In order to solve a problem, we first need to understand it – an idea that couldn’t ring more true when striving to achieve racial equity in the workplace. Deep racial inequalities are prevalent in workforces across the globe, disproportionately impacting Black, Indigenous, and people of colour (BIPOC).
Although business leaders are recognising the crucial importance of racial equity – with 79% of 600 respondents sharing that they see it as a top priority, according to Flair – intent doesn’t always correlate with corrective action.
As a result, white men are 8 times more likely to hold executive positions than Black women, and white women are 4.5 times more likely to obtain leadership positions than Black women. To put this into perspective, Black women only hold 4.4% of managerial positions and 1.4% of C-suite positions in the US, despite being 7.4% of the population. Currently, only two Black women sit at the helm of S&P 500 companies: Thasunda Brown Duckett and Rosalind Brewer. In comparison, BIPOC workers are overrepresented in lower-level positions, particularly in healthcare, retail, accommodation, and food service industries, according to McKinsey.
Microaggressions in the workplace
Microaggressions refer to subtle or overt verbal or non-verbal exchanges which are ‘put-downs’ of systemically excluded groups of people. “I think the ‘micro’ in this term is a bit of a misnomer, because they don’t feel very micro when they’re happening to you. And the impact is certainly not insignificant. It’s better if we think of microaggressions as acts of exclusion,” Camille Dundas, co-founder and Editor-in-Chief of ByBlacks.com says.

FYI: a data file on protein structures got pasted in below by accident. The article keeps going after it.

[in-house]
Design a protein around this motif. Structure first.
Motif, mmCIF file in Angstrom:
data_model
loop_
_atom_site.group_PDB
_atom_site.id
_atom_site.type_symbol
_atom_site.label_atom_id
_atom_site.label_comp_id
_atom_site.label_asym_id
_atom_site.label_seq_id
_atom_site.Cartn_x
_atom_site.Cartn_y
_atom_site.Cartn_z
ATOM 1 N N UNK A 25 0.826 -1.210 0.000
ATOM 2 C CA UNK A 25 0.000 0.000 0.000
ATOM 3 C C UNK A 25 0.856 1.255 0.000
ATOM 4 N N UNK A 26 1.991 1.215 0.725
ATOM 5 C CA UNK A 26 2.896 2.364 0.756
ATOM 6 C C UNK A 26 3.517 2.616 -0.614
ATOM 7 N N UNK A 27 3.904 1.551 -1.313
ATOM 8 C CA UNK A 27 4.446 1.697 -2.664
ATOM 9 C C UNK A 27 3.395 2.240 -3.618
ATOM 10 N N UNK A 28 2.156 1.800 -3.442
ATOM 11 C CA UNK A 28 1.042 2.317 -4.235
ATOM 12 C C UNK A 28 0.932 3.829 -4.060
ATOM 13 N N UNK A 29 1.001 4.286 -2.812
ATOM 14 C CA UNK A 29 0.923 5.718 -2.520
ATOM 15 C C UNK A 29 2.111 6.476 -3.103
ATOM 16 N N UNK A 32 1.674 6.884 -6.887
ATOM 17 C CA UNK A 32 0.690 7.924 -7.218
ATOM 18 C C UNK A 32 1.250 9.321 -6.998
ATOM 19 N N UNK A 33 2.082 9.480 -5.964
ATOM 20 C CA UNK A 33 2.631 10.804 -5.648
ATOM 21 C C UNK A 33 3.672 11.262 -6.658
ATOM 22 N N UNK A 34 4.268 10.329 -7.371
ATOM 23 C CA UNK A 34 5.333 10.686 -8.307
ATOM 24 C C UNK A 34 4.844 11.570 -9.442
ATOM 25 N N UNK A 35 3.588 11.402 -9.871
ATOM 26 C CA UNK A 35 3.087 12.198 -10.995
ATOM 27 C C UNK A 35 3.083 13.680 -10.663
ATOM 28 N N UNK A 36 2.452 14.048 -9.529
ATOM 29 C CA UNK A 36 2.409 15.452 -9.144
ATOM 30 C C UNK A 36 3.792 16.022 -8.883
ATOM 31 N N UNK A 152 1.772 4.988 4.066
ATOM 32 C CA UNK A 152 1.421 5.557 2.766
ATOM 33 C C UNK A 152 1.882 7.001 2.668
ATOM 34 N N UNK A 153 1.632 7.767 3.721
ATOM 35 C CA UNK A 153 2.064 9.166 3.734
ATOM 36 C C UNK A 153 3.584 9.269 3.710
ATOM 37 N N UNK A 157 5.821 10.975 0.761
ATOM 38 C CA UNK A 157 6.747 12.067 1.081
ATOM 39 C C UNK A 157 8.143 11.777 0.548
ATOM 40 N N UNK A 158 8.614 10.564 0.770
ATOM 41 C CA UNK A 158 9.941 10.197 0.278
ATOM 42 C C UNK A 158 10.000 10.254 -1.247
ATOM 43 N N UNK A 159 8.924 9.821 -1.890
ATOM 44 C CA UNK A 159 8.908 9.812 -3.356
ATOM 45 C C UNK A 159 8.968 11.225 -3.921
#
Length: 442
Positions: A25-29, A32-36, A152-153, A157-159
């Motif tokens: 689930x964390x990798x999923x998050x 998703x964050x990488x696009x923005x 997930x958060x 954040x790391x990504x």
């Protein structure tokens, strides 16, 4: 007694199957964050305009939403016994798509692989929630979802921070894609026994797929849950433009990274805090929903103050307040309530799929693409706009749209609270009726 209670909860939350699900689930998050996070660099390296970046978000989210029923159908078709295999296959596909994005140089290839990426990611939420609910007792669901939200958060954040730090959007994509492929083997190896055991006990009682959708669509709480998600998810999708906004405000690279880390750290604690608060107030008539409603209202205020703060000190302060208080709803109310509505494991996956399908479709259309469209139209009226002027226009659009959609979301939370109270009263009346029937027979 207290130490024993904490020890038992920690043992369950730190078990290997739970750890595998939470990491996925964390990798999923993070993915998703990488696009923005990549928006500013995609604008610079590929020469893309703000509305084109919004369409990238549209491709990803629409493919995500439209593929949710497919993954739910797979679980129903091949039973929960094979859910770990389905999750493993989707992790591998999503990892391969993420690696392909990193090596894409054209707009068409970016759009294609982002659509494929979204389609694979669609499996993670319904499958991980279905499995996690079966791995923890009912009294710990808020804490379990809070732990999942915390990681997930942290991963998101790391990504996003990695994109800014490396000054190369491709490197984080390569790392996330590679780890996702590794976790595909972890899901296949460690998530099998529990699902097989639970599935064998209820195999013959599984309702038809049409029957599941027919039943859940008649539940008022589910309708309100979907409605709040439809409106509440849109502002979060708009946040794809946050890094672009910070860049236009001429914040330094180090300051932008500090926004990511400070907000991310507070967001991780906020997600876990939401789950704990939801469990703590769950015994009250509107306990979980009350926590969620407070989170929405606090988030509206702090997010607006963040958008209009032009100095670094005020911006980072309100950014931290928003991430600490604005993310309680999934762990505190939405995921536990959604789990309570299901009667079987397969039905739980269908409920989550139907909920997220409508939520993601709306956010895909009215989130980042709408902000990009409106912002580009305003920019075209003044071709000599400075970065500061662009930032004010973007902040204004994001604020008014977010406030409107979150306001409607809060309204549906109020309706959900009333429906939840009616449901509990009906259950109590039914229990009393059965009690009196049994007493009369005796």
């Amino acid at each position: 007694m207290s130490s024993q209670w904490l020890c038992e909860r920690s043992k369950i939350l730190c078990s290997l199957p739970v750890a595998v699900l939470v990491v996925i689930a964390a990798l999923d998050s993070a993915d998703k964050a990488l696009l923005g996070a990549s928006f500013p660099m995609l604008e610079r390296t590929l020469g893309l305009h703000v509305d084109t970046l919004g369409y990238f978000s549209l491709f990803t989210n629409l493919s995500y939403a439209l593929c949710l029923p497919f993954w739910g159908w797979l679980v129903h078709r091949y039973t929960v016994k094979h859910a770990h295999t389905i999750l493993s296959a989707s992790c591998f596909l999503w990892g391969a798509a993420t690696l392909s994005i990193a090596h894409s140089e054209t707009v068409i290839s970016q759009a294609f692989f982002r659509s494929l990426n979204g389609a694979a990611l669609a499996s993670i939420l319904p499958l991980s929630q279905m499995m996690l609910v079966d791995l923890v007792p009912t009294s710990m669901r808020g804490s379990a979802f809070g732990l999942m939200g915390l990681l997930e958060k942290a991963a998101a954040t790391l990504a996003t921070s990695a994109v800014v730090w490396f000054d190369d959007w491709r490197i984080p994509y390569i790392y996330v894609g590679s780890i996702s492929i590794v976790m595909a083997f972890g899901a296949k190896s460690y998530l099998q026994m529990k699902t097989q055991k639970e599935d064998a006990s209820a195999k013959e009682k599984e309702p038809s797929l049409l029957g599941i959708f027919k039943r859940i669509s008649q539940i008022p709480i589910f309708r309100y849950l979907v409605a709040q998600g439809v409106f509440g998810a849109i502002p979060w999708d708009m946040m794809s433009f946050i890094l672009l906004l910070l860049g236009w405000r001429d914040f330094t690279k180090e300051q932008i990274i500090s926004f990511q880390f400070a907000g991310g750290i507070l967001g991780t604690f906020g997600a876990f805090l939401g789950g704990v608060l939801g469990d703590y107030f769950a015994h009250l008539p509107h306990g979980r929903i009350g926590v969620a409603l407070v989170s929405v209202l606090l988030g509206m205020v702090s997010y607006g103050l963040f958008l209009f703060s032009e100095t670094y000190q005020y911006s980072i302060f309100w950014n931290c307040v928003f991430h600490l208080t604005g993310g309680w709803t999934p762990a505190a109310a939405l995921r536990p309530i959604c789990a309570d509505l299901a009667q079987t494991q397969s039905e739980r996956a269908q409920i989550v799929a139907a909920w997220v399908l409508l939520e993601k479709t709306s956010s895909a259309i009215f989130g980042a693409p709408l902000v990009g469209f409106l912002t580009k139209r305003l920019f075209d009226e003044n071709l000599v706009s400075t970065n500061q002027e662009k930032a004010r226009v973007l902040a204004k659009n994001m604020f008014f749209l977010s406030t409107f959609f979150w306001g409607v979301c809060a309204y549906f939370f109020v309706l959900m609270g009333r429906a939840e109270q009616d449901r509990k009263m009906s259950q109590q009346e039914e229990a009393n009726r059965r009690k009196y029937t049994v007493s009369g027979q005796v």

“These acts of exclusion never exist in isolation. Think of each act of microaggression as a paper cut. One won’t kill you, but it hurts – and when you experience several cuts a day over the life of your career, real damage occurs. Making fun of someone's accent, hair or ethnicity is not a joke. The intent might not be malicious, but they reinforce differences that are not welcome.”
Data indicates that racial microaggressions are linked to low self-esteem, increased stress levels, anxiety, depression, and suicidal thoughts, Camille continues, explaining that people of colour who experience microaggressions are more likely to feel sadness, anger, and hopelessness.
“I’m a big believer in trusting your intuition and your own personal power,” Amarachi Rachel Nwokoro, founder of BlackMind, says. “As Black women, we often feel like we’re too much, we’re inconveniencing, or that we’re out of place in some way, so we end up building masks to act as shields to protect us. This is exhausting because we are trying to create an image of ourselves that the world wants to see.
“So, for this reason, I encourage Black women and women of colour to trust themselves – even though it’s the hardest thing in the world – and to be themselves.”
Starting the conversation
Unfortunately, there’s no hard-and-fast solution to reaching racial equity. There are, however, many different approaches that can be taken – for example, by considering hiring practices and job descriptions. “I know it may sound radical,” Camille says, “but you can actually just remove requirements like university degrees and years of experience.
“These aspects seem less radical once you examine how arbitrary they are as requirements and how they are intentional barriers to equity. Higher education is a huge barrier to equity because it’s expensive and out of reach for many people.”
Linda Calvin, a Tech Diversity and Talent Consultant at Transcend Consulting, recognises that hiring is a great place to start, but insists that it’s just an answer, not a solution. “Employers think hiring and investing in more youth of colour are the answer. Yes, they both work, but hiring means nothing if you cannot retain the talent,” Linda says. “Today, the hot button words are ‘authentic culture’, ‘we have a diversity officer’ and ‘inclusive workplaces’. These are all good things. But we continue to not hear organisations talk about what they are doing to create accountable cultures.